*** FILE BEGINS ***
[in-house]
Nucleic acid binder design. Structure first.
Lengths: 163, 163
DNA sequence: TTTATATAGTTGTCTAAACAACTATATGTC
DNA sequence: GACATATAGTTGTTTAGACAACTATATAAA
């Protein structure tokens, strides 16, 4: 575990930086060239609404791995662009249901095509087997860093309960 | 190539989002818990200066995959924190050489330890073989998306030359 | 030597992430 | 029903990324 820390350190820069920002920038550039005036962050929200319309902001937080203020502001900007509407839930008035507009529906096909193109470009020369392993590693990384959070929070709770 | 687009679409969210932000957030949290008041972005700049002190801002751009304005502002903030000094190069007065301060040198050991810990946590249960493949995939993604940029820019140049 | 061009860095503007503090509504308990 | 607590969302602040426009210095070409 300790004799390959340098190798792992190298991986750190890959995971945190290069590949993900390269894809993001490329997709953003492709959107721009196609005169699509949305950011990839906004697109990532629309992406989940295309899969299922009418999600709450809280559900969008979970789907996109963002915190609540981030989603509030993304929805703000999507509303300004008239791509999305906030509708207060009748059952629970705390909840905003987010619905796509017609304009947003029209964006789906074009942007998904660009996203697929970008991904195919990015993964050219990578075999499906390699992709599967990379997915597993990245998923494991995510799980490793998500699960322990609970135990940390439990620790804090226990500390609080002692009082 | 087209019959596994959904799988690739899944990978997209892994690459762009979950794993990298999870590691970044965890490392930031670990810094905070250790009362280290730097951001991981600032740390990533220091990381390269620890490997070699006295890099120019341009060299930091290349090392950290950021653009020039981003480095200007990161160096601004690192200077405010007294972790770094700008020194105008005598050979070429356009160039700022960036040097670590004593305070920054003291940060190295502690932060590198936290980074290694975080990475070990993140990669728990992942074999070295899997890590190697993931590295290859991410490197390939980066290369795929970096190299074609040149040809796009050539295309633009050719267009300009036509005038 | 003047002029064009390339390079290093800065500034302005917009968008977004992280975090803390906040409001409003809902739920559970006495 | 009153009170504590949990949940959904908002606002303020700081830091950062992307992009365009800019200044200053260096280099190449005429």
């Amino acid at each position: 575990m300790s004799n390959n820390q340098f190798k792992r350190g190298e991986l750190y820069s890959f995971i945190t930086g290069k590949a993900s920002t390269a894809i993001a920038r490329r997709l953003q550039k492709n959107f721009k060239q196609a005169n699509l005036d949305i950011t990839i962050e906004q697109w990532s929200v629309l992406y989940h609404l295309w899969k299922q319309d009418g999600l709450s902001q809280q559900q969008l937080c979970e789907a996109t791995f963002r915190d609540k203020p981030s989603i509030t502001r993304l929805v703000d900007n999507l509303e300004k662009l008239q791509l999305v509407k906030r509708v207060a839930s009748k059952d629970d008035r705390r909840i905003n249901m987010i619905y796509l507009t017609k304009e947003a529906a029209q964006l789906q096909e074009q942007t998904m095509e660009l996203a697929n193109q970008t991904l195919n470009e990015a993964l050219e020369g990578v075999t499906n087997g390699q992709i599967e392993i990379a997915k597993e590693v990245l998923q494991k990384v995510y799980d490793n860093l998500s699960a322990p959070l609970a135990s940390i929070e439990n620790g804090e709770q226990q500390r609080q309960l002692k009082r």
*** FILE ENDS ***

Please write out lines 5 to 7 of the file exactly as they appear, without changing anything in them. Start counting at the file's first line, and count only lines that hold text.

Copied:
DNA sequence: GACATATAGTTGTTTAGACAACTATATAAA
């Protein structure tokens, strides 16, 4: 575990930086060239609404791995662009249901095509087997860093309960 | 190539989002818990200066995959924190050489330890073989998306030359 | 030597992430 | 029903990324 820390350190820069920002920038550039005036962050929200319309902001937080203020502001900007509407839930008035507009529906096909193109470009020369392993590693990384959070929070709770 | 687009679409969210932000957030949290008041972005700049002190801002751009304005502002903030000094190069007065301060040198050991810990946590249960493949995939993604940029820019140049 | 061009860095503007503090509504308990 | 607590969302602040426009210095070409 300790004799390959340098190798792992190298991986750190890959995971945190290069590949993900390269894809993001490329997709953003492709959107721009196609005169699509949305950011990839906004697109990532629309992406989940295309899969299922009418999600709450809280559900969008979970789907996109963002915190609540981030989603509030993304929805703000999507509303300004008239791509999305906030509708207060009748059952629970705390909840905003987010619905796509017609304009947003029209964006789906074009942007998904660009996203697929970008991904195919990015993964050219990578075999499906390699992709599967990379997915597993990245998923494991995510799980490793998500699960322990609970135990940390439990620790804090226990500390609080002692009082 | 087209019959596994959904799988690739899944990978997209892994690459762009979950794993990298999870590691970044965890490392930031670990810094905070250790009362280290730097951001991981600032740390990533220091990381390269620890490997070699006295890099120019341009060299930091290349090392950290950021653009020039981003480095200007990161160096601004690192200077405010007294972790770094700008020194105008005598050979070429356009160039700022960036040097670590004593305070920054003291940060190295502690932060590198936290980074290694975080990475070990993140990669728990992942074999070295899997890590190697993931590295290859991410490197390939980066290369795929970096190299074609040149040809796009050539295309633009050719267009300009036509005038 | 003047002029064009390339390079290093800065500034302005917009968008977004992280975090803390906040409001409003809902739920559970006495 | 009153009170504590949990949940959904908002606002303020700081830091950062992307992009365009800019200044200053260096280099190449005429």
């Amino acid at each position: 575990m300790s004799n390959n820390q340098f190798k792992r350190g190298e991986l750190y820069s890959f995971i945190t930086g290069k590949a993900s920002t390269a894809i993001a920038r490329r997709l953003q550039k492709n959107f721009k060239q196609a005169n699509l005036d949305i950011t990839i962050e906004q697109w990532s929200v629309l992406y989940h609404l295309w899969k299922q319309d009418g999600l709450s902001q809280q559900q969008l937080c979970e789907a996109t791995f963002r915190d609540k203020p981030s989603i509030t502001r993304l929805v703000d900007n999507l509303e300004k662009l008239q791509l999305v509407k906030r509708v207060a839930s009748k059952d629970d008035r705390r909840i905003n249901m987010i619905y796509l507009t017609k304009e947003a529906a029209q964006l789906q096909e074009q942007t998904m095509e660009l996203a697929n193109q970008t991904l195919n470009e990015a993964l050219e020369g990578v075999t499906n087997g390699q992709i599967e392993i990379a997915k597993e590693v990245l998923q494991k990384v995510y799980d490793n860093l998500s699960a322990p959070l609970a135990s940390i929070e439990n620790g804090e709770q226990q500390r609080q309960l002692k009082r």